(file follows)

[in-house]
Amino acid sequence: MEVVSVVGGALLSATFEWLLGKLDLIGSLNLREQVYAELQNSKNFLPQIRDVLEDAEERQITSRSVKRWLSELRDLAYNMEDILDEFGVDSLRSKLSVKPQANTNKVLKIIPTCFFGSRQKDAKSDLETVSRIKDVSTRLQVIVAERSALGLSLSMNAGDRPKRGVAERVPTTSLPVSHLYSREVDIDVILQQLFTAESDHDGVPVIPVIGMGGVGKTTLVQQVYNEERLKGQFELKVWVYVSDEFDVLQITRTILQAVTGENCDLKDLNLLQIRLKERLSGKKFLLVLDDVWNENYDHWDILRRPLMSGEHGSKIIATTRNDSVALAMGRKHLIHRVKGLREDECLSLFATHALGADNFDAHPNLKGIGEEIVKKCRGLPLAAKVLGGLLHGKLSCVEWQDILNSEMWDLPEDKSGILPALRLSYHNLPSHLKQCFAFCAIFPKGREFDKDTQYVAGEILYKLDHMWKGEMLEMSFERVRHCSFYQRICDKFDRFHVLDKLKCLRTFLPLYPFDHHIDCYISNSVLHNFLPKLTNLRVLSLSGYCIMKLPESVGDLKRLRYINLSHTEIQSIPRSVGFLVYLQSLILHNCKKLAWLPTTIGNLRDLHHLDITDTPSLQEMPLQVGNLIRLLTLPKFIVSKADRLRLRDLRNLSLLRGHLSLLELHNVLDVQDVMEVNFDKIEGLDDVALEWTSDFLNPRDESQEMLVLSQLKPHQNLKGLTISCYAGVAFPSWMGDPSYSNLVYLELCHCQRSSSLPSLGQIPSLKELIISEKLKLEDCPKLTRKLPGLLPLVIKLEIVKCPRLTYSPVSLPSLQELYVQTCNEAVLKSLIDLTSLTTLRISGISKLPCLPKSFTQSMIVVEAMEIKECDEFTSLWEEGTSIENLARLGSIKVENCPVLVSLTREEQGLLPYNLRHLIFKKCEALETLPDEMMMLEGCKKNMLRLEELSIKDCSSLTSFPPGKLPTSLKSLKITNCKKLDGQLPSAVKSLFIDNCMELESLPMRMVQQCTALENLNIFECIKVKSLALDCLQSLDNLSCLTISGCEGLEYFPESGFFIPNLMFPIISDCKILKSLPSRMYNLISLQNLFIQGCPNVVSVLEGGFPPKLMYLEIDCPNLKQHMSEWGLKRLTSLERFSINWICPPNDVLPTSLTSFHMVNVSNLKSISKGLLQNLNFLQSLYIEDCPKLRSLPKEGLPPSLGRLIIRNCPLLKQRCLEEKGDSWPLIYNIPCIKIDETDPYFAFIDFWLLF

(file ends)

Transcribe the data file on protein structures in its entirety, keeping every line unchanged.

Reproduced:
[in-house]
Amino acid sequence: MEVVSVVGGALLSATFEWLLGKLDLIGSLNLREQVYAELQNSKNFLPQIRDVLEDAEERQITSRSVKRWLSELRDLAYNMEDILDEFGVDSLRSKLSVKPQANTNKVLKIIPTCFFGSRQKDAKSDLETVSRIKDVSTRLQVIVAERSALGLSLSMNAGDRPKRGVAERVPTTSLPVSHLYSREVDIDVILQQLFTAESDHDGVPVIPVIGMGGVGKTTLVQQVYNEERLKGQFELKVWVYVSDEFDVLQITRTILQAVTGENCDLKDLNLLQIRLKERLSGKKFLLVLDDVWNENYDHWDILRRPLMSGEHGSKIIATTRNDSVALAMGRKHLIHRVKGLREDECLSLFATHALGADNFDAHPNLKGIGEEIVKKCRGLPLAAKVLGGLLHGKLSCVEWQDILNSEMWDLPEDKSGILPALRLSYHNLPSHLKQCFAFCAIFPKGREFDKDTQYVAGEILYKLDHMWKGEMLEMSFERVRHCSFYQRICDKFDRFHVLDKLKCLRTFLPLYPFDHHIDCYISNSVLHNFLPKLTNLRVLSLSGYCIMKLPESVGDLKRLRYINLSHTEIQSIPRSVGFLVYLQSLILHNCKKLAWLPTTIGNLRDLHHLDITDTPSLQEMPLQVGNLIRLLTLPKFIVSKADRLRLRDLRNLSLLRGHLSLLELHNVLDVQDVMEVNFDKIEGLDDVALEWTSDFLNPRDESQEMLVLSQLKPHQNLKGLTISCYAGVAFPSWMGDPSYSNLVYLELCHCQRSSSLPSLGQIPSLKELIISEKLKLEDCPKLTRKLPGLLPLVIKLEIVKCPRLTYSPVSLPSLQELYVQTCNEAVLKSLIDLTSLTTLRISGISKLPCLPKSFTQSMIVVEAMEIKECDEFTSLWEEGTSIENLARLGSIKVENCPVLVSLTREEQGLLPYNLRHLIFKKCEALETLPDEMMMLEGCKKNMLRLEELSIKDCSSLTSFPPGKLPTSLKSLKITNCKKLDGQLPSAVKSLFIDNCMELESLPMRMVQQCTALENLNIFECIKVKSLALDCLQSLDNLSCLTISGCEGLEYFPESGFFIPNLMFPIISDCKILKSLPSRMYNLISLQNLFIQGCPNVVSVLEGGFPPKLMYLEIDCPNLKQHMSEWGLKRLTSLERFSINWICPPNDVLPTSLTSFHMVNVSNLKSISKGLLQNLNFLQSLYIEDCPKLRSLPKEGLPPSLGRLIIRNCPLLKQRCLEEKGDSWPLIYNIPCIKIDETDPYFAFIDFWLLF